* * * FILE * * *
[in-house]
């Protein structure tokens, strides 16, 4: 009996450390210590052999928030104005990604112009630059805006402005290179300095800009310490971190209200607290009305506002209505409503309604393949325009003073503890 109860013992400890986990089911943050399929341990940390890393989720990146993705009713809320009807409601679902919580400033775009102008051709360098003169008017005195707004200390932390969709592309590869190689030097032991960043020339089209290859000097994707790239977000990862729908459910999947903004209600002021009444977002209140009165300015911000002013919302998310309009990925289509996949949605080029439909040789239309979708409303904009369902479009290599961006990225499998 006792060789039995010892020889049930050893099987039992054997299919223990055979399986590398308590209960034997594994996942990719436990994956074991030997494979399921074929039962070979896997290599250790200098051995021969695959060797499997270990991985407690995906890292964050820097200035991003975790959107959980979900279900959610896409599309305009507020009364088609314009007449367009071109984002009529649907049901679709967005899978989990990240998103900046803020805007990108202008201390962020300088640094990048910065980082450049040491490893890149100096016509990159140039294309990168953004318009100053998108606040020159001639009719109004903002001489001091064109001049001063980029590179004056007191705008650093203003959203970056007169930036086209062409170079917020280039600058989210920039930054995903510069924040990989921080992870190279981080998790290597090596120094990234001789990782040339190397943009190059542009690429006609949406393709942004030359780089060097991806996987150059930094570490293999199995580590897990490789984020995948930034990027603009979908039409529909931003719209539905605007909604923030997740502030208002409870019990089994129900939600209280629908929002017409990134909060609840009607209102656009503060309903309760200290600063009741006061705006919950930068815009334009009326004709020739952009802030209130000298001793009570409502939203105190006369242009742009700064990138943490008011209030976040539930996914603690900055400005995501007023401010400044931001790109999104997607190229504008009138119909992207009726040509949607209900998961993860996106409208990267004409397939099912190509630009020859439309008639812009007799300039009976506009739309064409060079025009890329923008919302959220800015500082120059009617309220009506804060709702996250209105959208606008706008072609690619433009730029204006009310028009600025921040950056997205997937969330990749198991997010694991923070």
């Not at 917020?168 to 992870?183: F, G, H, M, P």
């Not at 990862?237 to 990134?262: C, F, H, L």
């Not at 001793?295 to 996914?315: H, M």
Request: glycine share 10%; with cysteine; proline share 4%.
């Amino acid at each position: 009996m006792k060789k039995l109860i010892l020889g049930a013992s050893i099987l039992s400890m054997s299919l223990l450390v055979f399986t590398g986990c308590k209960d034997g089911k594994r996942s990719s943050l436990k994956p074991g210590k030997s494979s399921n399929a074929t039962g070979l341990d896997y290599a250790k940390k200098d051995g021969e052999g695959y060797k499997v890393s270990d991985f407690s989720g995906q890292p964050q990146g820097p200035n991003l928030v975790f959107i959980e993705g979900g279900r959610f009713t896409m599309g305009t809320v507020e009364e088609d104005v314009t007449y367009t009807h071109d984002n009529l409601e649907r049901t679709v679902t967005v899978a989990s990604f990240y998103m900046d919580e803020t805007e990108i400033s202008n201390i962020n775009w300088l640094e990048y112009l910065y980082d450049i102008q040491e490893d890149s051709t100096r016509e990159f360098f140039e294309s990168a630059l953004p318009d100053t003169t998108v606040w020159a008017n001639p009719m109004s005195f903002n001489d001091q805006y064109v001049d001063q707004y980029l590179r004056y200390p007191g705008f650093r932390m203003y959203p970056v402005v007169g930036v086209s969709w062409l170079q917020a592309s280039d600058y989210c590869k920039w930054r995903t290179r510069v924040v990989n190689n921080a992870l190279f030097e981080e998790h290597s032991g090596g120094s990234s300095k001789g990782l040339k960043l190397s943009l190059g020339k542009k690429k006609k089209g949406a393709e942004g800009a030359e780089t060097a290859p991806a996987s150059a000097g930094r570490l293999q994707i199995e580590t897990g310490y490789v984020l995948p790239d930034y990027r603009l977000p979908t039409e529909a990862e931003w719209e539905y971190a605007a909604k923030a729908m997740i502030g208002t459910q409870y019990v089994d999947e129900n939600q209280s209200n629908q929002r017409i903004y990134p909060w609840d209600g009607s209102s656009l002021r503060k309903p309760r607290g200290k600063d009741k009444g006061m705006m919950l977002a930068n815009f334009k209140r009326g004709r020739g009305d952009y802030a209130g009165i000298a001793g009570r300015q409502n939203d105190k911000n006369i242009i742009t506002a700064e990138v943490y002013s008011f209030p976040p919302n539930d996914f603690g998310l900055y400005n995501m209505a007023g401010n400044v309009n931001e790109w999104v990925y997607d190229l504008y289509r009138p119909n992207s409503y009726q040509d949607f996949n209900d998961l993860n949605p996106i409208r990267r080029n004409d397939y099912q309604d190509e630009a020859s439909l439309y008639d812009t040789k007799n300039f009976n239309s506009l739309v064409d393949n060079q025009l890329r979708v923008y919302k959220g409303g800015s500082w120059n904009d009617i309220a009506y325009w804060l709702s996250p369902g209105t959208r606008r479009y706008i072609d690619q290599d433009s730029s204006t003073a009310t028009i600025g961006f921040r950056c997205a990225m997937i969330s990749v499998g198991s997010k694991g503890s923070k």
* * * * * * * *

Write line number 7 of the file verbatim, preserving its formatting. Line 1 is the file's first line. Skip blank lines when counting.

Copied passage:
């Amino acid at each position: 009996m006792k060789k039995l109860i010892l020889g049930a013992s050893i099987l039992s400890m054997s299919l223990l450390v055979f399986t590398g986990c308590k209960d034997g089911k594994r996942s990719s943050l436990k994956p074991g210590k030997s494979s399921n399929a074929t039962g070979l341990d896997y290599a250790k940390k200098d051995g021969e052999g695959y060797k499997v890393s270990d991985f407690s989720g995906q890292p964050q990146g820097p200035n991003l928030v975790f959107i959980e993705g979900g279900r959610f009713t896409m599309g305009t809320v507020e009364e088609d104005v314009t007449y367009t009807h071109d984002n009529l409601e649907r049901t679709v679902t967005v899978a989990s990604f990240y998103m900046d919580e803020t805007e990108i400033s202008n201390i962020n775009w300088l640094e990048y112009l910065y980082d450049i102008q040491e490893d890149s051709t100096r016509e990159f360098f140039e294309s990168a630059l953004p318009d100053t003169t998108v606040w020159a008017n001639p009719m109004s005195f903002n001489d001091q805006y064109v001049d001063q707004y980029l590179r004056y200390p007191g705008f650093r932390m203003y959203p970056v402005v007169g930036v086209s969709w062409l170079q917020a592309s280039d600058y989210c590869k920039w930054r995903t290179r510069v924040v990989n190689n921080a992870l190279f030097e981080e998790h290597s032991g090596g120094s990234s300095k001789g990782l040339k960043l190397s943009l190059g020339k542009k690429k006609k089209g949406a393709e942004g800009a030359e780089t060097a290859p991806a996987s150059a000097g930094r570490l293999q994707i199995e580590t897990g310490y490789v984020l995948p790239d930034y990027r603009l977000p979908t039409e529909a990862e931003w719209e539905y971190a605007a909604k923030a729908m997740i502030g208002t459910q409870y019990v089994d999947e129900n939600q209280s209200n629908q929002r017409i903004y990134p909060w609840d209600g009607s209102s656009l002021r503060k309903p309760r607290g200290k600063d009741k009444g006061m705006m919950l977002a930068n815009f334009k209140r009326g004709r020739g009305d952009y802030a209130g009165i000298a001793g009570r300015q409502n939203d105190k911000n006369i242009i742009t506002a700064e990138v943490y002013s008011f209030p976040p919302n539930d996914f603690g998310l900055y400005n995501m209505a007023g401010n400044v309009n931001e790109w999104v990925y997607d190229l504008y289509r009138p119909n992207s409503y009726q040509d949607f996949n209900d998961l993860n949605p996106i409208r990267r080029n004409d397939y099912q309604d190509e630009a020859s439909l439309y008639d812009t040789k007799n300039f009976n239309s506009l739309v064409d393949n060079q025009l890329r979708v923008y919302k959220g409303g800015s500082w120059n904009d009617i309220a009506y325009w804060l709702s996250p369902g209105t959208r606008r479009y706008i072609d690619q290599d433009s730029s204006t003073a009310t028009i600025g961006f921040r950056c997205a990225m997937i969330s990749v499998g198991s997010k694991g503890s923070k």